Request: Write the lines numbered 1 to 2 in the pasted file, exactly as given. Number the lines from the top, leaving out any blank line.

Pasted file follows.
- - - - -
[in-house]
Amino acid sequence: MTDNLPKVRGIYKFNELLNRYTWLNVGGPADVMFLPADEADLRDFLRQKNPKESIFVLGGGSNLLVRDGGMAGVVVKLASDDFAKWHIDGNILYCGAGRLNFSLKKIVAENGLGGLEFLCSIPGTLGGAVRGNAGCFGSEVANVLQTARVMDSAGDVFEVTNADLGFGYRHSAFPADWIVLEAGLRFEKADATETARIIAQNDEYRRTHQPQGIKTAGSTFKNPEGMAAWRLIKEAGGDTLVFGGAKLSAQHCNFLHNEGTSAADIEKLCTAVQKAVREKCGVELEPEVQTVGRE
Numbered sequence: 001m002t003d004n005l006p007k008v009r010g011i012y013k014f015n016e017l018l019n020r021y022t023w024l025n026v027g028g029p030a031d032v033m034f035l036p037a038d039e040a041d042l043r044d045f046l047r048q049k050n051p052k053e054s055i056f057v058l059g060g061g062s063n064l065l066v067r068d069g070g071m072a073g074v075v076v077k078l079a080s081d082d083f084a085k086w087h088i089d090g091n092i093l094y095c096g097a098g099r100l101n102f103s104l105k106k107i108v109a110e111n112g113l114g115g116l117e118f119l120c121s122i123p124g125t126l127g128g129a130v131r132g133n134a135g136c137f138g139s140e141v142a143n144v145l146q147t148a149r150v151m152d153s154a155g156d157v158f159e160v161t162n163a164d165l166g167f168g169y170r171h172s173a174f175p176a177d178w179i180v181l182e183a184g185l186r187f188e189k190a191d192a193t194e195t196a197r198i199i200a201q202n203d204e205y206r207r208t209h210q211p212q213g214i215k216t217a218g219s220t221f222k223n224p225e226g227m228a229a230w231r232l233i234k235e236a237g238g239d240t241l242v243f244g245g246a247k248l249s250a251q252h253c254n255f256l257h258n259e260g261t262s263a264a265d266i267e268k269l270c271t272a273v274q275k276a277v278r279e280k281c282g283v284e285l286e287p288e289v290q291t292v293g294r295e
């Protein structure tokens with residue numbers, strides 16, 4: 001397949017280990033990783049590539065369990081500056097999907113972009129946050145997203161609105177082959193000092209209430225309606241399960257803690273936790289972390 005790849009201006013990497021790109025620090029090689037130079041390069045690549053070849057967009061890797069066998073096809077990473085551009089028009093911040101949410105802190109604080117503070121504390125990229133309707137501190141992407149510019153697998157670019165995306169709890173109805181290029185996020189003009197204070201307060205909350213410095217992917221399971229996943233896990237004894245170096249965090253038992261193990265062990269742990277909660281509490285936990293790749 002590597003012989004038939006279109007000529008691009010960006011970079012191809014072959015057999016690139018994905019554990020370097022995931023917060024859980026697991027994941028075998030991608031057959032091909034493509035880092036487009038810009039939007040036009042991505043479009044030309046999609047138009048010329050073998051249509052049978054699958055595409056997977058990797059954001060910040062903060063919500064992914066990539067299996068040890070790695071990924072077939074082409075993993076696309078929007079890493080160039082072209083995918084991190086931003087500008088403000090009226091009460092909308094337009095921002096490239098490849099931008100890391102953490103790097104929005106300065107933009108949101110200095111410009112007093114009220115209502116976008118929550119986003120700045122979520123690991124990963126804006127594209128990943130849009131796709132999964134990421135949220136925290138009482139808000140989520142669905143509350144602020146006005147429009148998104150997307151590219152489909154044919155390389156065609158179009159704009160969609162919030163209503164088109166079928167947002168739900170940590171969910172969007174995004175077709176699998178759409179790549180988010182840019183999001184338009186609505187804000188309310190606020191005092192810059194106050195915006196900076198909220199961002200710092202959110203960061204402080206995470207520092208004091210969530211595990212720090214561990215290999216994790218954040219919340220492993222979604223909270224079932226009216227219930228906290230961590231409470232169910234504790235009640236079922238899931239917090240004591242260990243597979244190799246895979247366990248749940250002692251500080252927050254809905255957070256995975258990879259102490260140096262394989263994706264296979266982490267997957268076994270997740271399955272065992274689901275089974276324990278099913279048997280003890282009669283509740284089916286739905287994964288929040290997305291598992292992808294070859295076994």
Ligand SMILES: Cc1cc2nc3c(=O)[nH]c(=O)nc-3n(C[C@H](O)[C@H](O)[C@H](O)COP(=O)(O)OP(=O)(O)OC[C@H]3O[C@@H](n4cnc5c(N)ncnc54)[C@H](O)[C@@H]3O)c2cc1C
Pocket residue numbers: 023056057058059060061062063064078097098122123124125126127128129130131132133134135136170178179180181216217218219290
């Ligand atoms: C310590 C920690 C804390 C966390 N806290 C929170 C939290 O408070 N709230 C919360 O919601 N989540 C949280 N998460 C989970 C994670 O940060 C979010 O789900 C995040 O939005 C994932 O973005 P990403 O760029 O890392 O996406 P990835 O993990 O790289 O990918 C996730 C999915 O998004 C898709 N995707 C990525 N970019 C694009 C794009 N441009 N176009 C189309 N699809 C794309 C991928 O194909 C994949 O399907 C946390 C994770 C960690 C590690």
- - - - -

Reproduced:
[in-house]
Amino acid sequence: MTDNLPKVRGIYKFNELLNRYTWLNVGGPADVMFLPADEADLRDFLRQKNPKESIFVLGGGSNLLVRDGGMAGVVVKLASDDFAKWHIDGNILYCGAGRLNFSLKKIVAENGLGGLEFLCSIPGTLGGAVRGNAGCFGSEVANVLQTARVMDSAGDVFEVTNADLGFGYRHSAFPADWIVLEAGLRFEKADATETARIIAQNDEYRRTHQPQGIKTAGSTFKNPEGMAAWRLIKEAGGDTLVFGGAKLSAQHCNFLHNEGTSAADIEKLCTAVQKAVREKCGVELEPEVQTVGRE